We are living in a Web 2.0 world where not just message and emails, not just communities and contents, but applications are self-served, and virally networked, growing exponentially in real-time, with increasing ease of use closer and closer to natural languages and social and cultural norms. The self-serve applications, which is what distinguishes Web2 from Web1 is becoming the most important contextual medium for us human, and humanly contextualizing the web is the future of it – Web3.

Our heroes, who invented and evolved the Web, believe too much into the power of engineering. Think of how much the Chinese believe in stir frying things, or the French believing the power of their source, fresh ingredient, simplicity, original flavor, beauty in small nuances are left to Japanese Sushi, Tampura, or Italian cuisine. (OK, if you sufferred this far, I thought I’ll appeal to something little less tormented and pretentious. Now back to something completely different…) The promised of Semantic Web where many, if not all, human processes are automated by the Web, are still far in the distant. But the aggregate of massive individual small contributions combined with self-serve apps, network effects and other powers of the Web is releasing an awesome power. This is THE zen moment of the Web, less is infinitely more. Forget about communism, collectivism as we use to know, the key of the AppWeb turning into ContextWeb is its intrinsically human relevance, not the alienation of an abstract omnipotent collectivity as in 1984’s Big Brother, or Brazil’s Department of Information Retrieval. This emergence of  apparent “collectivist” Web3 is not collectivist at all, it starts with real individuals, and ends with real individual, and circling around with real individuals, mutually contextualizing between the WEb virtual world and the human world.


The Future Is All About Context: The Pragmatic Web

The semantic Web has long been heralded as the future of the Web. Proponents have said that Web experiences will some day become more meaningful and relevant based on the AI-esque computational power of natural-language processing (NLP) and structured data that is understandable by machines for interpretation.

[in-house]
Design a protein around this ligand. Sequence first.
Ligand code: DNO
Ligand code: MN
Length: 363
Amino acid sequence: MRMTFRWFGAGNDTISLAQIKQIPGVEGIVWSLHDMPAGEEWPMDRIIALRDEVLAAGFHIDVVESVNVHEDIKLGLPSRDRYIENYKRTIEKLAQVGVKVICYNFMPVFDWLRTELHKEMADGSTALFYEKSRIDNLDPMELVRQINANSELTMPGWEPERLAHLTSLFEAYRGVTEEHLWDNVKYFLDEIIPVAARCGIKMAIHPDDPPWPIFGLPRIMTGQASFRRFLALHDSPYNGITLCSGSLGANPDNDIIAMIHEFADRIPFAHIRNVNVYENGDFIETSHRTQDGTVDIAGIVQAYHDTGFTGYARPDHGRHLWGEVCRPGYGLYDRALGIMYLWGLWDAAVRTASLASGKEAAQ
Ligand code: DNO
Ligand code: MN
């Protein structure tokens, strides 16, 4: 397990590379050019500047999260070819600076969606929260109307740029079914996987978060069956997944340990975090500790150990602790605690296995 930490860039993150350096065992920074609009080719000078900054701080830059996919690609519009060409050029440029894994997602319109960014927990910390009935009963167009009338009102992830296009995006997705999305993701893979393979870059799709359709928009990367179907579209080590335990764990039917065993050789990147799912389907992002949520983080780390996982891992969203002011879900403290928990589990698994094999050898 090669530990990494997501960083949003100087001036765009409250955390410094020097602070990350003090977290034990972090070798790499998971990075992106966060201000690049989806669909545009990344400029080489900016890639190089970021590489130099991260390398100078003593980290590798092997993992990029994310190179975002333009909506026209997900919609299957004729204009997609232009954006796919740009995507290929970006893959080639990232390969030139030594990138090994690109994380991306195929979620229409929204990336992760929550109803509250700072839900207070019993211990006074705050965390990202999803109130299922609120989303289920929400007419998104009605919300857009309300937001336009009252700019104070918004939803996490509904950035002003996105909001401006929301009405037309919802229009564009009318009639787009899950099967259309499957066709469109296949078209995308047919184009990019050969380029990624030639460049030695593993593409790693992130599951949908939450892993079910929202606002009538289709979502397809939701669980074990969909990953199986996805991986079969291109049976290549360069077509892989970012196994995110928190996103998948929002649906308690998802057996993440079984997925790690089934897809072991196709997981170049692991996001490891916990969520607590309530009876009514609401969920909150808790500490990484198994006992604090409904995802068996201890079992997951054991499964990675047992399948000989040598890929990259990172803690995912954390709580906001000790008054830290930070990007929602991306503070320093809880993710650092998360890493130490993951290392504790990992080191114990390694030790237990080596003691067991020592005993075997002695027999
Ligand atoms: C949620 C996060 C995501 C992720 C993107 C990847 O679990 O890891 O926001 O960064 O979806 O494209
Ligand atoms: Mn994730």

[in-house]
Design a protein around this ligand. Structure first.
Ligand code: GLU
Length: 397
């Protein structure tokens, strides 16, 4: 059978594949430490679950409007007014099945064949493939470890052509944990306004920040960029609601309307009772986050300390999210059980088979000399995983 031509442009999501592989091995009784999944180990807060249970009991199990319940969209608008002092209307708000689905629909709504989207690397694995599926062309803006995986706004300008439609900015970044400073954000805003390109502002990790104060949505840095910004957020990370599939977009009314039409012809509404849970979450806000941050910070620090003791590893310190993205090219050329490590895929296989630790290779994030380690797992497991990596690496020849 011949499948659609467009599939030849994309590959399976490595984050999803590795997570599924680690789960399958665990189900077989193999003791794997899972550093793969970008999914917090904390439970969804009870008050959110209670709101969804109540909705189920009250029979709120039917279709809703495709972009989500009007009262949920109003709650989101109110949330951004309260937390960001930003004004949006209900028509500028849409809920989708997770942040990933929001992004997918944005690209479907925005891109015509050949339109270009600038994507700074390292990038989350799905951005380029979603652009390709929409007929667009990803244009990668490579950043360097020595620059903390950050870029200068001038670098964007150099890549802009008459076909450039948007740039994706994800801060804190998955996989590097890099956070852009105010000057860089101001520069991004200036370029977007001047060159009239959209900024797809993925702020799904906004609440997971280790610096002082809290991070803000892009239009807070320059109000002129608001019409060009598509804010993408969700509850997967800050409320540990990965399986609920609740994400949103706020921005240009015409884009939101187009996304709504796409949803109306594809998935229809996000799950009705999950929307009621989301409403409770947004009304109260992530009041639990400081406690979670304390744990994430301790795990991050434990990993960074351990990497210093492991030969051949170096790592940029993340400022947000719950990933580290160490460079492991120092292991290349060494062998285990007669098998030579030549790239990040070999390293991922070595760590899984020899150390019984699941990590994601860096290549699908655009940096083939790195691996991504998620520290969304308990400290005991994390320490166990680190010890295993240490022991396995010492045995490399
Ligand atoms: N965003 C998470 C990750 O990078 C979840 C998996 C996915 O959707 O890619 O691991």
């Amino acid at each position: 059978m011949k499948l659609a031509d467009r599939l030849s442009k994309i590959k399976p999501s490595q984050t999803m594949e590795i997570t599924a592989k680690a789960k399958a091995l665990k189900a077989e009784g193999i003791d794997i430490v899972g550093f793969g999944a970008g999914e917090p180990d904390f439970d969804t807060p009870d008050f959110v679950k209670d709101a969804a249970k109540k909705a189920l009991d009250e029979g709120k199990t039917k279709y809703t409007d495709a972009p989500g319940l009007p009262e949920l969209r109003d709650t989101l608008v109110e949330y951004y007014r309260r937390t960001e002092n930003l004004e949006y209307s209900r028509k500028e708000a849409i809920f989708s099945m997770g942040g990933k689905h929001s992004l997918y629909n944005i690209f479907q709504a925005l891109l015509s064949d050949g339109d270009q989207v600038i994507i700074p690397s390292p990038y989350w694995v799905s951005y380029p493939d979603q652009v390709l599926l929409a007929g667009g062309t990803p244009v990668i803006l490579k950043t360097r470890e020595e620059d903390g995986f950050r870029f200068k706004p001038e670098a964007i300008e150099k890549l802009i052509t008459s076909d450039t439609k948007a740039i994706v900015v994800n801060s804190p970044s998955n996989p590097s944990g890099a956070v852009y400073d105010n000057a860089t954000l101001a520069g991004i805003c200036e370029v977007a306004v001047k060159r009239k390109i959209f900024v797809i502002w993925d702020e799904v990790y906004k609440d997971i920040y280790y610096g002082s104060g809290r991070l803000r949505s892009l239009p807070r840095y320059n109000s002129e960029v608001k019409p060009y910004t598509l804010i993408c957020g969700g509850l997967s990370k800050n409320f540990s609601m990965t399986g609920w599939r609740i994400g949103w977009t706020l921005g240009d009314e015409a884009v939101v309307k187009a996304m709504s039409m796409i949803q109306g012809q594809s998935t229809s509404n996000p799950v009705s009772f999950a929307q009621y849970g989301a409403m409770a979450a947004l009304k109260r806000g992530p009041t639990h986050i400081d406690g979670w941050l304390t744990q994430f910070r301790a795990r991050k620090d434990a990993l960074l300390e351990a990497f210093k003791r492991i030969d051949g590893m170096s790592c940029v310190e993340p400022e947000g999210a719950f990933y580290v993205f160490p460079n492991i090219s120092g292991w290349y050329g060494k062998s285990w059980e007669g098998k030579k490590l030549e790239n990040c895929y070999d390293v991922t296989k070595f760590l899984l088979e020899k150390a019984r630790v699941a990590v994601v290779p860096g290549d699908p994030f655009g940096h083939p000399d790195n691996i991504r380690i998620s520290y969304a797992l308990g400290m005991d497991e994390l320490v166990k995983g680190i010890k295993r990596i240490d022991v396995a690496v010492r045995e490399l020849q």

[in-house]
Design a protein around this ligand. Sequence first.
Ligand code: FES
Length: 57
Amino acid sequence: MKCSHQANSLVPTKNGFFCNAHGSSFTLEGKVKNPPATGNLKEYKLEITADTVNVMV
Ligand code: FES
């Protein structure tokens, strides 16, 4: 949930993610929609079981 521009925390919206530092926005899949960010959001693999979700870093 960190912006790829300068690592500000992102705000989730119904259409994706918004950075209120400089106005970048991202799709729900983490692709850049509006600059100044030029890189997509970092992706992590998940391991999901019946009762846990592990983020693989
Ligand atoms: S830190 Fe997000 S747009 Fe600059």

However, with the rise of the social Web, we see that what truly makes our online experiences meaningful is not necessarily the Web’s ability to approximate human language or to return search results with syntactical exactness. The value of the semantic Web will take time because the intelligent personal agents that are able to process this structured data still have a long way to go before becoming fully actualized.

This guest post was written by Alisa Leonard-Hansen.

Rather, meaningful and relevant experiences now are born out of the context of our identities and social graph: the pragmatics, or contextual meaning, of our online identities. My Web experience becomes more meaningful and relevant to me when it is layered with contextual social data based on my identity. This is the pragmatic Web.

We need to better understand our identity as it begins to define our experience of the Web and the network-enabled world we inhabit. Our online identity will increasingly be defined by three “pillars”: who I say I am, what I do and say, and who I connect to (and who connects to me).

To clarify, our online identities are comprised primarily of three specific kinds of data:

  • Explicit or prescriptive data (i.e. the data that I input about myself: name, age, occupation, etc.);
  • Activity or behavioral data (i.e. what I do and say online);
  • Relationship data (i.e. my social graph and what my connections say about me).

If we consider the power of this pragmatic Web (a highly relevant and individualized Web experience based on the ubiquity of our identity data), we find that it not only impacts individual user experience, but that it opens up entirely new opportunities for business online. The future is not “business as usual.” Business models will be based on what Elias Bizannes of the Data Portability Project calls the “information value network-economic value,” derived from services that focus on activities with comparative advantage and that leverage free access to data.

Consider this: as media companies scramble to identify new and innovative ways to advertise to the sea of nameless, pixeled users who graze through their content each day, a rich supply of highly valuable identity data lies just beneath the surface, left unmeasured and unmonetized.

Facebook is nothing more than perhaps the largest single database of this kind of online identity data: explicit, activity and relationship data. With the development of Facebook Connect, which allows for the “open” exchange of Facebook user data between Facebook and third parties, Facebook could conceivably (and will) create an Facebook Connect ad network (read: data exchange), supplied by the valuable and highly targetable user identity data that is currently siloed on Facebook’s servers. This identity data within Facebook is what makes the activity in “social media” so valuable.

But the centralization of identity data on one or two major networks (such as Facebook, Twitter and MySpace) won’t realize the vision of the pragmatic Web. So, how will the pragmatic Web come to be? How do we realize the power of a dynamic Web that is based on our identities? We do so by empowering individuals to access and control their identity across any site or service, through standards that enable data portability and open Web inter-operability. The resulting vision is that of a highly personalized, dynamic, relevant and remixable Web experience, yielding greater access to information through discovery, communication and collaboration. For enterprise, this could mean the rise of innovative new business models, based on data-driven value exchange.